Haven Financial Advisors
Louis (Lou) Kokernak has been serving the investment community for nearly 30 years, after obtaining an MBA from The University of Texas. He founded Haven Financial Advisors as a fee only advisor in 2002. His goal was to deliver unbiased advice to clients. He has been quoted in the Wall Street Journal, Barrons, Bloomberg News among many other media outlets. Lou has taught courses to CFP candidates at The University of Texas, St. Edwards Univerisity, and the University of Texas at San Antonio.
Haven Financial Advisors is committed to their clients' future. They have been a fee only financial advisor since 2002. The first step in the relationship is getting to know clients and what their goals are. It's a two way communications process that requires the engagement of both parties. Lou and his team develop a financial plan that includes a diversified asset allocation tailored to every clients personal situation. Experience tells them that the key value proposition of the plan is the comfort level it delivers to the client - that clients are taking concrete steps to achieve realistic financial goals.
Lou has lived in Austin since 1990. He is a Chartered Financial Analyst (CFA) and Certified Financial Planner (CFP) and is a member of the National Association of Personal Financail Advisors (NAPFA). His charitable interests include public health and secondary education.
MBA, The University of Texas
BSCS, Rensselaer Polytechnic Institute
Assets Under Management:
Mission Statement of Haven Financial Advisors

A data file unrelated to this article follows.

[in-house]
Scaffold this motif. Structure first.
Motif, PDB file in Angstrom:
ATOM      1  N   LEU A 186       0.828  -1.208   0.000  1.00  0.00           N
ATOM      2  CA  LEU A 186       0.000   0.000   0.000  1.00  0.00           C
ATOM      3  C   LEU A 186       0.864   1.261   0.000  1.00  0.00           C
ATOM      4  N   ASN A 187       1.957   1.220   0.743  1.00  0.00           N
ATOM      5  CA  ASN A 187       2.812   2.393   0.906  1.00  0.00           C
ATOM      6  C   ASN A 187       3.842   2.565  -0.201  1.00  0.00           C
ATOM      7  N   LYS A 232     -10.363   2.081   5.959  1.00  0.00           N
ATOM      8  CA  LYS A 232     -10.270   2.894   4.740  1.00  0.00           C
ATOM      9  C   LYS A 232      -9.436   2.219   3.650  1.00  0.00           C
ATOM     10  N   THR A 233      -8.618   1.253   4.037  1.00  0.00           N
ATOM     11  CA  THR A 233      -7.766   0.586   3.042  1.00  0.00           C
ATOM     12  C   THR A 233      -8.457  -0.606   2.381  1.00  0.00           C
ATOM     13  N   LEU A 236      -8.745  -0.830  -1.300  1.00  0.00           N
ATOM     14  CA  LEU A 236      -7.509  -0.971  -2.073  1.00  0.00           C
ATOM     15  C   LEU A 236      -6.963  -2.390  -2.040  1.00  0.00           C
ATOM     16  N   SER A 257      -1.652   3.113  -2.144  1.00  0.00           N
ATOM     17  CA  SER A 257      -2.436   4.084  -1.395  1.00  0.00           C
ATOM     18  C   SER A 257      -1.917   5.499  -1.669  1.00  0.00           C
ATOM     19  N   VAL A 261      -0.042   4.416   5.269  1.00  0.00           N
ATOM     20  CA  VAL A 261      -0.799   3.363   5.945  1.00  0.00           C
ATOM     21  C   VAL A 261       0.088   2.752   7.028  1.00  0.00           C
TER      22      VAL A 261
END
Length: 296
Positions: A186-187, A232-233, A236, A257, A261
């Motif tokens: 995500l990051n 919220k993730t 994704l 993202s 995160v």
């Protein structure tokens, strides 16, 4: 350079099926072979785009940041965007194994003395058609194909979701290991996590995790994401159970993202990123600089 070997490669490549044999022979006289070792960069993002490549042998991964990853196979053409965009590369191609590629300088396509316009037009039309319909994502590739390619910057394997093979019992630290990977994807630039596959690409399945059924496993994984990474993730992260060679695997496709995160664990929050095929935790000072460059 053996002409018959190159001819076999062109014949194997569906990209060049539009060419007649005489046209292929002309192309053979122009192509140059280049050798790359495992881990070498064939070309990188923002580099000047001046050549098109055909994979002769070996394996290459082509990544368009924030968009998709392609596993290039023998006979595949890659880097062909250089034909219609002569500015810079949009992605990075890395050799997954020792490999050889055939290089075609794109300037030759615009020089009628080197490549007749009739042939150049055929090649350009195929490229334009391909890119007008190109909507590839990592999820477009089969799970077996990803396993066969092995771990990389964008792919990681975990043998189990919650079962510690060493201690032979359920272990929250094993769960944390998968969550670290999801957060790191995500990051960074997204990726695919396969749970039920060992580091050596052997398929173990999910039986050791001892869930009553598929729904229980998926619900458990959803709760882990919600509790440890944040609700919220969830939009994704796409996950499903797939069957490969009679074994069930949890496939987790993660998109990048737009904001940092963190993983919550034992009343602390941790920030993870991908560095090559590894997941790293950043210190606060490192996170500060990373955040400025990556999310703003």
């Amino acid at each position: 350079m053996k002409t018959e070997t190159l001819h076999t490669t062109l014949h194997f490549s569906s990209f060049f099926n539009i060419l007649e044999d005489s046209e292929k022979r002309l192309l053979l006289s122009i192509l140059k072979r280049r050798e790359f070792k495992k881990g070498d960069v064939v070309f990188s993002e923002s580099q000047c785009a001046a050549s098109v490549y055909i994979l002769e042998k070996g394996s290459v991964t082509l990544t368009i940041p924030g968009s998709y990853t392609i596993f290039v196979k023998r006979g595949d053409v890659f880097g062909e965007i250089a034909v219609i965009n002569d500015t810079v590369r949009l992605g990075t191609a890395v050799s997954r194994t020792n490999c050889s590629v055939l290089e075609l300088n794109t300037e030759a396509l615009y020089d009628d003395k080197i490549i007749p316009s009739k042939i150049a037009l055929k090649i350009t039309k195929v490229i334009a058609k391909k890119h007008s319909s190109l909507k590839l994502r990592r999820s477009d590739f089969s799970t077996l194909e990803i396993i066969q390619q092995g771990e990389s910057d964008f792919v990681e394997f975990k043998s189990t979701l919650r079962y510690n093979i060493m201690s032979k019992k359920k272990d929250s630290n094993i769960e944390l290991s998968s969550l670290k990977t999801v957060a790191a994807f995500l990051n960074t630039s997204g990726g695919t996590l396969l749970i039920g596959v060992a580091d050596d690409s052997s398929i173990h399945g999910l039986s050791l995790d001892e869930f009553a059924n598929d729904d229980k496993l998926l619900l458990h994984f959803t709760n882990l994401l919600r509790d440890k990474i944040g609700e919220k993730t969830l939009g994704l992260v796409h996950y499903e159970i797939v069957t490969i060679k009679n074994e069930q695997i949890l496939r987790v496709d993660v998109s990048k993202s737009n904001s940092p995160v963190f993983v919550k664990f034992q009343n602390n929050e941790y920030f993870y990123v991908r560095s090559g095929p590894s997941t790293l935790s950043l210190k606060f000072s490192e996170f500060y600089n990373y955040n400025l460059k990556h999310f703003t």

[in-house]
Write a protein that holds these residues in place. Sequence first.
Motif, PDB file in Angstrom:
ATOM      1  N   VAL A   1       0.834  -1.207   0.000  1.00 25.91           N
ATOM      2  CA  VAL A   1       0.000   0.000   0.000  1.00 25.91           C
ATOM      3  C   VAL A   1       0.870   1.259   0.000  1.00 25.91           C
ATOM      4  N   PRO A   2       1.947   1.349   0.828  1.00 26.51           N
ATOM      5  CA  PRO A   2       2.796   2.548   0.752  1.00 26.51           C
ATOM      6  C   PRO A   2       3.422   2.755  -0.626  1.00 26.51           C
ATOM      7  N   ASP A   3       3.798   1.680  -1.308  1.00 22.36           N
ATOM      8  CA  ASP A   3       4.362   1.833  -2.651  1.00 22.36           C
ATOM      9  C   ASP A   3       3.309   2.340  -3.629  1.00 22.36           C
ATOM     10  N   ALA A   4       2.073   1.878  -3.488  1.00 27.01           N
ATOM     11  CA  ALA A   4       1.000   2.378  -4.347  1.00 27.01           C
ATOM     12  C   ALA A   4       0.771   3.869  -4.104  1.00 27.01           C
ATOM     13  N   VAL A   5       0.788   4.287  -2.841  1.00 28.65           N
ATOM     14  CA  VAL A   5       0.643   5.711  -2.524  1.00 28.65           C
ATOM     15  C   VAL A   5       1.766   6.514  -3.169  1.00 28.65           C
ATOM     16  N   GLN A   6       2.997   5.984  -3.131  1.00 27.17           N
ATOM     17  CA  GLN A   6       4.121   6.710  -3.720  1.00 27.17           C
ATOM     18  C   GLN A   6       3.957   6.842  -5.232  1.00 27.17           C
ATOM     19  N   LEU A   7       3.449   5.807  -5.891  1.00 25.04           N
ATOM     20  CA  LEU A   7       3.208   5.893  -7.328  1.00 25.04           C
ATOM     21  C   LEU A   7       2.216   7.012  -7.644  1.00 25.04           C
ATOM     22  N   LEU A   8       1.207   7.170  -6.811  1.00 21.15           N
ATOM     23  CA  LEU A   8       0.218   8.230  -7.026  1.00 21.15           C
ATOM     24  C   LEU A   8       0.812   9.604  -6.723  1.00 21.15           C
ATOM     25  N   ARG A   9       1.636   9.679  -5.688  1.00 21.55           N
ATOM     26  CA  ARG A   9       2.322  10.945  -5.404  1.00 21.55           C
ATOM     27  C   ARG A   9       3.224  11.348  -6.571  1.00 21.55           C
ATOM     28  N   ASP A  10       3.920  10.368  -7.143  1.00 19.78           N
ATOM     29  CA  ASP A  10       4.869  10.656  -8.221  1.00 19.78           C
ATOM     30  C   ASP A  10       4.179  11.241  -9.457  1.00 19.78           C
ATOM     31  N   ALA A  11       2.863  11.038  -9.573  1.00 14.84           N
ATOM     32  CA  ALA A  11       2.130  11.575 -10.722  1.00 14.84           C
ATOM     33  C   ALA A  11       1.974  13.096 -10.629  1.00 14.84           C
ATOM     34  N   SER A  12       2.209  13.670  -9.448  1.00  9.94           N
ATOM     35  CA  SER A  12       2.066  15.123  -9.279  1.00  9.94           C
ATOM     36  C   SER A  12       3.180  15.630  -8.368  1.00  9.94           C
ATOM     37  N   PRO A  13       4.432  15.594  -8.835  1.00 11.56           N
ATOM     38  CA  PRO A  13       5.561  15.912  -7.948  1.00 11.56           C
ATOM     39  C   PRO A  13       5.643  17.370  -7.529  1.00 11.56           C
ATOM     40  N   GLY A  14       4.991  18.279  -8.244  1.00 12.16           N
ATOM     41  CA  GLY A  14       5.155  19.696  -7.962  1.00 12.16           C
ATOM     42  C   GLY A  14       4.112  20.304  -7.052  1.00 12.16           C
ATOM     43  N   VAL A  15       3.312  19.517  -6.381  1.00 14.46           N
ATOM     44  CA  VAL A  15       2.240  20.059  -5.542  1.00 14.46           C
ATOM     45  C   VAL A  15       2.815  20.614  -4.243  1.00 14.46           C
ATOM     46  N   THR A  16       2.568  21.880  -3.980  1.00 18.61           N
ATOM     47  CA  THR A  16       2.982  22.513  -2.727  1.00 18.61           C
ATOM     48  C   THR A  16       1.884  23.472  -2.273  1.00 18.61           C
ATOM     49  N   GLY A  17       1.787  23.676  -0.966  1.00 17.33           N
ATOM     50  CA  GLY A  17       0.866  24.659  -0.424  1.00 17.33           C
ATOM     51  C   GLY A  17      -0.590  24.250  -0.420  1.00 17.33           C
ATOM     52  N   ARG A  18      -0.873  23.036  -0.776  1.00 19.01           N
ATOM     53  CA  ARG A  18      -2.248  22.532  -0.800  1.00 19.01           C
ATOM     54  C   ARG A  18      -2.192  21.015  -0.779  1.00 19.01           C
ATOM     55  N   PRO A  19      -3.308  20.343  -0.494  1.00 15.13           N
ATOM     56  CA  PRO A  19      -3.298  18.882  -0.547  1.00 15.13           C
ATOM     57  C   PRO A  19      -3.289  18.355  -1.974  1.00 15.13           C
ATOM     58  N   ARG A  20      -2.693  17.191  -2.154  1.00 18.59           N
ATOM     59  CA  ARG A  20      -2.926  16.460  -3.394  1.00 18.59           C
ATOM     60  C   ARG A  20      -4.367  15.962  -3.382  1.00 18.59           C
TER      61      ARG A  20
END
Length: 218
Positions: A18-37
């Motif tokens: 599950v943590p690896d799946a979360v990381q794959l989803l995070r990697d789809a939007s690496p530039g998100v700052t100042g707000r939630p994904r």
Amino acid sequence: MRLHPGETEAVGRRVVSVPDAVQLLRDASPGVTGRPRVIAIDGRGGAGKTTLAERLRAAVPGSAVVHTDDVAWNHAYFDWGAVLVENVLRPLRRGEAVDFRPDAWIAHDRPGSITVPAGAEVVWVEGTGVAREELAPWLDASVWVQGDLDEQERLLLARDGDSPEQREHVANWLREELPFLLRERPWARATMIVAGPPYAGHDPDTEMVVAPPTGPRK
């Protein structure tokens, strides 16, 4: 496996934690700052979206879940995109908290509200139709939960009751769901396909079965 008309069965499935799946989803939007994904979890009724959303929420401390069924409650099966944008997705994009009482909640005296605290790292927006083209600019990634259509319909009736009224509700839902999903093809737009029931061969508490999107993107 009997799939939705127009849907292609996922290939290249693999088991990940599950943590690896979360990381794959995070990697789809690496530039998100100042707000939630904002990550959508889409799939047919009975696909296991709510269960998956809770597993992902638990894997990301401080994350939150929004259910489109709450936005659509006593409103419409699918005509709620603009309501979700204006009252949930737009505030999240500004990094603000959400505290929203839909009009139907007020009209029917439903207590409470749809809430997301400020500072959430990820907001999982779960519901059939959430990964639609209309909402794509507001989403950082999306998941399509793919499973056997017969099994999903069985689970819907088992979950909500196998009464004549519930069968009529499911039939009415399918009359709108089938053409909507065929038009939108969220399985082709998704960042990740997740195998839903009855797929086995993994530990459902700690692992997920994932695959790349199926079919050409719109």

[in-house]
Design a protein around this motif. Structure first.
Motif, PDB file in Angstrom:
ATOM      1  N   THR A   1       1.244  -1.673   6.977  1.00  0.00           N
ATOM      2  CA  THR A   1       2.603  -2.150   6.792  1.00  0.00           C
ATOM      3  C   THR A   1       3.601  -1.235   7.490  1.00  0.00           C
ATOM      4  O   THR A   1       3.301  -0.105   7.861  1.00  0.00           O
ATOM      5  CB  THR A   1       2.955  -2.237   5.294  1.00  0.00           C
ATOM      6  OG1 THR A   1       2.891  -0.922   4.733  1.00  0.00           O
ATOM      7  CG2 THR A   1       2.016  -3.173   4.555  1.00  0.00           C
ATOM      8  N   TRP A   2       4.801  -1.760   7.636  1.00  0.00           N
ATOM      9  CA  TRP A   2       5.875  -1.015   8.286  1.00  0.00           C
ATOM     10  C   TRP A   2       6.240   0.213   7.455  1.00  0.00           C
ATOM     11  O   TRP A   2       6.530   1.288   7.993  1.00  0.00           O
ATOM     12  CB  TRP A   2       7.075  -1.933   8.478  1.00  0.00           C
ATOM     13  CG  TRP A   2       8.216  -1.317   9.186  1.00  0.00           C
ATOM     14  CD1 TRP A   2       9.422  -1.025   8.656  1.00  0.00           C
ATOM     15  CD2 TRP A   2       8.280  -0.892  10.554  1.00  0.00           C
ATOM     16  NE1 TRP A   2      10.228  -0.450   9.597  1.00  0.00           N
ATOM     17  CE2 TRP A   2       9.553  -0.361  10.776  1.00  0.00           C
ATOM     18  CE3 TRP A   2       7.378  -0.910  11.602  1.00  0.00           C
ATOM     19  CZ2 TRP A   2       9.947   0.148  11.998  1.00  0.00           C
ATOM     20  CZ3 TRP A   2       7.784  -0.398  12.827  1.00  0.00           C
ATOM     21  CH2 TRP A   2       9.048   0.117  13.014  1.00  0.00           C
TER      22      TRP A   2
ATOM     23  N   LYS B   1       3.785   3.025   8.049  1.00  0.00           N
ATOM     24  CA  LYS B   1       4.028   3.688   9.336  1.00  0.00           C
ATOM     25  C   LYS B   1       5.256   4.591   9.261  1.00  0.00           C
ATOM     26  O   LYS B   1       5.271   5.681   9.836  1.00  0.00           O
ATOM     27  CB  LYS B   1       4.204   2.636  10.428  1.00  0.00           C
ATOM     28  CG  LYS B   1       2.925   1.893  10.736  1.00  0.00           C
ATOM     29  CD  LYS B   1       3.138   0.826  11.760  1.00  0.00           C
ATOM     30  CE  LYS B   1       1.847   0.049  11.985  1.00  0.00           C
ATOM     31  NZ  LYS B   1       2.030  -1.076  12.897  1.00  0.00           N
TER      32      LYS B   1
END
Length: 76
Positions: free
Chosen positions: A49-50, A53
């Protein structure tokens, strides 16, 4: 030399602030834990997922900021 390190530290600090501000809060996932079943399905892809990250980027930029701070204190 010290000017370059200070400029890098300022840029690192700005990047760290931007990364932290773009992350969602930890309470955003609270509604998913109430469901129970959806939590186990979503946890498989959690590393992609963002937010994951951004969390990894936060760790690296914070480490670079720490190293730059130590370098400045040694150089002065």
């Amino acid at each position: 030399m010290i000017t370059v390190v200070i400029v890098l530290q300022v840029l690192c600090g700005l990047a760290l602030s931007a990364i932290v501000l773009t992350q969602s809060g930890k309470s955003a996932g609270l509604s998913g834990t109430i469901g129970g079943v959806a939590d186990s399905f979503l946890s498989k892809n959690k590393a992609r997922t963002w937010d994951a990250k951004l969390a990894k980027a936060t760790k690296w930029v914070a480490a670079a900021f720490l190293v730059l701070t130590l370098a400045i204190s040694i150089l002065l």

Haven Financial Advisors explains the evolution of the HSA
Your daughter has a very long investment horizon and should be able to bear some risk. I'll assume this is her first investment and there are no other assets. $3,000 is a starter portfolio so you should be cognizant of costs like commissions. I would recommend one position, a stock index fund, for now. Vanguard's target date fund for 2060 is 90% stocks anyway and the target date structure adds a bit of cost. Additionally, as she starts saving her own money outside the Roth IRA, it get cumbersome coordinating target date holdings with the rest of her portfolio.
Given the amount invested, it makes sense to keep commissions low or zero. You can invest in Vanguard's Total Stock Market index (VTSMX) in a Vanguard account. Schwab has a commission free stock index fund (SWTSX) that you can trade in a Schwab account. Both of these funds give you broad exposure to the US stock market. Fidelity has its own stock index fund on its platform.
Reinvest the dividends and capital gains distributions so idle cash does not accumulate. As time goes on and money is added to account, you can look to other asset classes like foreign stocks or bonds.